Art/ Collection/ Art Object

The Adoration of the Magi

Workshop of Gerard David (Netherlandish, Oudewater ca. 1455–1523 Bruges)
ca. 1520
Oil on wood
Overall 27 3/4 x 28 7/8 in. (70.5 x 73.3 cm); painted surface 27 1/2 x 28 3/8 in. (69.2 x 72.1 cm)
Credit Line:
The Jack and Belle Linsky Collection, 1982
Accession Number:
On view at The Met Fifth Avenue in Gallery 537
First established in Bruges, Gerard David also joined the painter’s guild in Antwerp in 1515, where his compositions and motifs soon began to circulate. This excellently preserved panel is strongly indebted to David’s work. The extravagantly dressed onlookers, however, are a pure invention of Antwerp art, as is the landscape view with travelers carrying goods for trade. Due to Antwerp’s status as the mercantile center for northern Europe, scenes of the Adoration of the Magi were particularly popular in the city. They served not only a devotional use, but could also be associated with the travel of foreign goods.
The Artist: For a biography of Gerard David, see “Gerard David (born about 1455, died 1523).” In Heilbrunn Timeline of Art History. New York: The Metropolitan Museum of Art, 2000–.

The Painting: This beautifully composed Adoration of the Magi once was the centerpiece of a triptych flanked by a Night Nativity (at the left) and a Presentation in the Temple (at the right) that are currently in a European private collection (sold Christie’s, London, July 7, 2006, no. 122). The outside wings, when closed, showed the Annunciation (split from the interior wings, whereabouts unknown, see the reconstruction in Additional Images, fig. 1). Many of the elements of this triptych derive from works by Gerard David. The Adoration of the Magi is indebted to David’s painting of the same subject of around 1510–15 in the National Gallery, London (see Additional Images, fig. 2). It generally adopts the London painting’s composition in which the magi and their entourage, entering a palace in ruins from the right, present their gifts to the Christ Child, sitting in the Virgin’s lap at the far left in the foreground. Each painting presents a city and landscape view, featured like a separately framed vignette, at the center of the picture. In The Met's painting, however, this distant view takes on more prominence and divides the sensitively painted kneeling kings, Virgin and Child, and Joseph at the left, from the animated and more broadly painted group of dandies at the right, who follow the lavishly dressed and elegantly posed Moorish king. The Annunciation of the outside wings relates generally to David’s composition from the Cervara Altarpiece of 1506 (The Met, 50.145.9ab). The interior left wing Night Nativity is a version of a painting by David in the Kunsthistorisches Museum, Vienna, but the Presentation in the Temple of the right wing is not a composition known in David’s extant works.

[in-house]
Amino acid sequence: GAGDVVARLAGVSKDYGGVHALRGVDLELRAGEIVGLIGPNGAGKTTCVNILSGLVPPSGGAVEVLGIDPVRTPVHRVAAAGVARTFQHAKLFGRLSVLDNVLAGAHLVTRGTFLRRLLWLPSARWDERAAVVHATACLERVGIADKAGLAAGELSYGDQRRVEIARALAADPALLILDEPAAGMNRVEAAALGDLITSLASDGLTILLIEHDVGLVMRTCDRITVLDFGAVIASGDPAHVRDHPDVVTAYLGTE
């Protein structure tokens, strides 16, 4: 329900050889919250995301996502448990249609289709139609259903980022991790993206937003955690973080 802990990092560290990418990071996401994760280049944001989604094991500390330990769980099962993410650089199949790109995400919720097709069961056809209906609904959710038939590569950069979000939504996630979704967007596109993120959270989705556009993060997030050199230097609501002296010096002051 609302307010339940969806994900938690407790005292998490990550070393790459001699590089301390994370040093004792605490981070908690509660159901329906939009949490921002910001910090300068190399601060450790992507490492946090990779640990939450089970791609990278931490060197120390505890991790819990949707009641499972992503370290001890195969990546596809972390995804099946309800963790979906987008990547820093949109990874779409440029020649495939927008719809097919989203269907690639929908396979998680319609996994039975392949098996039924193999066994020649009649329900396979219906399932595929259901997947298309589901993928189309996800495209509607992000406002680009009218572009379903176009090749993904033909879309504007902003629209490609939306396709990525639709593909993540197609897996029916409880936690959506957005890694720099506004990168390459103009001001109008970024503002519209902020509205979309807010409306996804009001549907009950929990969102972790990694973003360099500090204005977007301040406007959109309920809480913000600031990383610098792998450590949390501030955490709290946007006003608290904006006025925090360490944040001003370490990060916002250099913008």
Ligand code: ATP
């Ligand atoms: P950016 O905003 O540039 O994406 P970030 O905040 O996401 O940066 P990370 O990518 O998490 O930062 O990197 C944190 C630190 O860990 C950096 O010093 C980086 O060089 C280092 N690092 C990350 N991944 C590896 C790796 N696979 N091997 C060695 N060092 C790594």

Attribution and Date: Although close to Gerard David in terms of composition and figure types, the majority of this painting was made by an artist—probably in David’s workshop—who could not match the refinement of his master’s handling and execution. Max J. Friedländer (1929) and Leo van Puyvelde (1962) attributed the work to the Master of Hoogstraeten, an Antwerp artist whose works include three other versions of The Met's picture (on the art market, P. de Boer, 1933, with shutters in Museum of Fine Arts, Richmond; in the Mayer van den Bergh Museum, Antwerp; and in the Philadelphia Museum of Art). Although the style and technique of The Met's painting are not close enough to the Master of Hoogstraeten to link it firmly to this master (see Mund et al. 2003), the features of the reconstructed triptych do relate to Antwerp painting of around 1520. The Adoration of the Magi was the single most popular theme produced for open-market sale in that city at the time. The expansive view into the distance, showing travelers transporting goods, was a common feature of Adoration scenes, as another Antwerp Master’s work at The Met shows (21.132.2). The popularity of such vignettes was related to the city’s predominance as the economic hub of Western Europe in the early sixteenth century, and the center of the import-export business. Thus the theme of travel, especially with luxury goods, was related to the very important excursion of the magi with special gifts to the Christ Child, conflating modern life with religious narrative. The subjects of the two interior wings, the Night Nativity and the Presentation in the Temple, are often found in Antwerp Mannerist triptychs. The Presentation in the Temple, not a featured subject in David’s oeuvre, was frequently connected with the Adoration of the Magi, especially in the oeuvre of the Master of 1518 and Pieter Coecke van Aelst, two of Antwerp’s most important painters.

A record in the Antwerp Archives, published by Rombouts and Van Lerius in 1961, states that in 1515 Gerard David, the famous painter long-established in Bruges, joined the Guild of Saint Luke in Antwerp as a Master (Philippe Rombouts and Théodore François Xavier Van Lerius, De Liggeren en andere historisch archieven der Antwerpse St.-Lucasgilde, vol. 1, Amsterdam, 1961 [reprint of 1864–76 edition], p. 83). Payments David continued to make on his house in Bruges in subsequent years imply that he did not move to Antwerp, and he did not take on any apprentices there, probably indicating that his workshop remained in Bruges. Most likely, David joined the Antwerp guild for commercial reasons, that is, in order to be able to sell paintings in what had become a more robust art market than Bruges at that time. This information is of particular interest in regard to The Met's Adoration of the Magi.